A recent study (Li et al.) using advanced machine learning and data from 130 countries and a large pool of various variables revealed that corruption, not even other governance factors, is the primary driver of brain drain.
Furthermore, a careful look at Figure 1 reveals a slight reversal in the brain drain trajectory in 2018, likely due to Pakatan Harapan’s promises of improving institutions.
2. Promoting highly-skilled immigration is a more effective and economically beneficial strategy for addressing brain drain than attempting to re-attract the diaspora, as demonstrated by Harnoss using Malaysian data.
All highly developed countries put great emphasis on attracting skilled workers to boost innovation and productivity.
Experts predict that, like global currency and trade wars, “migration wars” for highly qualified young professionals will become a new reality. This is primarily due to the more pronounced ageing population in high-income developed nations.
According to World Bank estimates, the size of the global labor force as a percentage of population will remain remarkably stable over the next three decades, but the distribution of workers across labor markets may not always meet demand.
Therefore, there is a need to put forward a clear strategy for attracting foreign talent, including granting permanent residence or even citizenship, as well as access to education and other government services for qualified labor.
Rather than fearing job competition from foreign skilled labor, we should embrace their skills in creating new industries and expanding existing ones, increasing job opportunities for many Malaysians!
3. Investing in higher education is vital because strong Higher Education Institutions (HEIs) play a crucial role in attracting foreign talents and preventing local ones from leaving abroad for higher education, which makes it easier for them to settle abroad permanently.
However, strengthening HEIs is only one dimension of a direly needed broader national educational strategy (from kindergarten to tertiary).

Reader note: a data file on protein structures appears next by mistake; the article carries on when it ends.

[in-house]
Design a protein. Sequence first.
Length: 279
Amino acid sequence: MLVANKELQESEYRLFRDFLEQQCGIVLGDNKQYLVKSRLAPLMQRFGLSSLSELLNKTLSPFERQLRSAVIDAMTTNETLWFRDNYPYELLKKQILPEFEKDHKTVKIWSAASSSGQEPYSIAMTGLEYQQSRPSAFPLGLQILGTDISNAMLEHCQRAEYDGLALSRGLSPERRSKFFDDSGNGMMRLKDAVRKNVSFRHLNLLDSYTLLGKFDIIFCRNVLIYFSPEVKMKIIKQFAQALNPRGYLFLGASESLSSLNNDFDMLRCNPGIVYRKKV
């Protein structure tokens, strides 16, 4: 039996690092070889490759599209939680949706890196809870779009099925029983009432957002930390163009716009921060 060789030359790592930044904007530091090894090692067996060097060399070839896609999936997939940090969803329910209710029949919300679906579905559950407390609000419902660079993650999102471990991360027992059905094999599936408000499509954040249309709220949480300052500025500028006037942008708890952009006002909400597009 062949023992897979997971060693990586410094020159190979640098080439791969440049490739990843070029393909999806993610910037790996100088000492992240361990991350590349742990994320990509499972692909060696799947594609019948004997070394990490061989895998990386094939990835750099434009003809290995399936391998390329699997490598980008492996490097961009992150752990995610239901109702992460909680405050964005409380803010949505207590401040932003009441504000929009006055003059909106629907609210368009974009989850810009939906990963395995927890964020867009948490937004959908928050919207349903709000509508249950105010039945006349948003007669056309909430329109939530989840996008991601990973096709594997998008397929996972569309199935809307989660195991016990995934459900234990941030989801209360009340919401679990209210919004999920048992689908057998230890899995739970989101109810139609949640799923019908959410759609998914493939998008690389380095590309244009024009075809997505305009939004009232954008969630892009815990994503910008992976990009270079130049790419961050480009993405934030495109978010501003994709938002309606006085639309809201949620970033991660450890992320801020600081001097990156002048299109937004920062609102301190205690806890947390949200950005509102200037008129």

Earlier, EMIR Research already emphasized the importance of closing the gaps between the Malaysian education system and global best practices/trends (refer to “Urgent need to reform Malaysian education system”).
4. Enhancing diaspora engagement and networking can be the primary focus of Talent Corporation Malaysia (TalentCorp).
First, collecting credible data about the Malaysian brain drain is needed to identify which specific industries and professional activities are most susceptible to brain drain, as these industries are most likely to represent the blanks in the fabric of the local ecosystem.
TalentCorp’s experience indicated only an abysmal number of expats returns. Nevertheless, international experience suggests that establishing strong networking with the expatriates can help in engaging them on a project basis as well as creating channels for foreign investment, stimulating trade and knowledge transfer.
5. Expanding the private sector and diversifying industries is crucial to mitigate brain drain and start attracting foreign talents.
In many middle- and upper-middle-income nations, the bulk of highly skilled professionals are employed by private enterprises. In the absence of job opportunities in the private sector, particularly in knowledge-intensive industries that yield productivity benefits, the emigration of highly skilled professionals will persist.
Empirical evidence indicates that the growing presence of government-linked companies (GLCs) in Malaysia’s economy is reducing private investment.
When GLCs dominate a large portion of the economy with their extensive ownership networks, it raises the risks of corruption, inefficiencies, and conflicts of interest, potentially favoring GLC monopolies over high-tech enterprises aligned with global advancements.
It is important to emphasize that addressing corruption is fundamental among the above key brain drain intervention strategies.
In a society with weak, corruption-prone institutions, even competitive salaries and incentives cannot attract bright foreign talent or the Malaysian diaspora. In such a scenario, investing in higher education merely feeds other countries.
Extractive political institutions entrench extractive economic systems, hindering private investment and high-skilled job creation and perpetuating the brain drain.
(Dr. Rais Hussin is the Founder of EMIR Research, a think tank focused on strategic policy recommendations based on rigorous research.)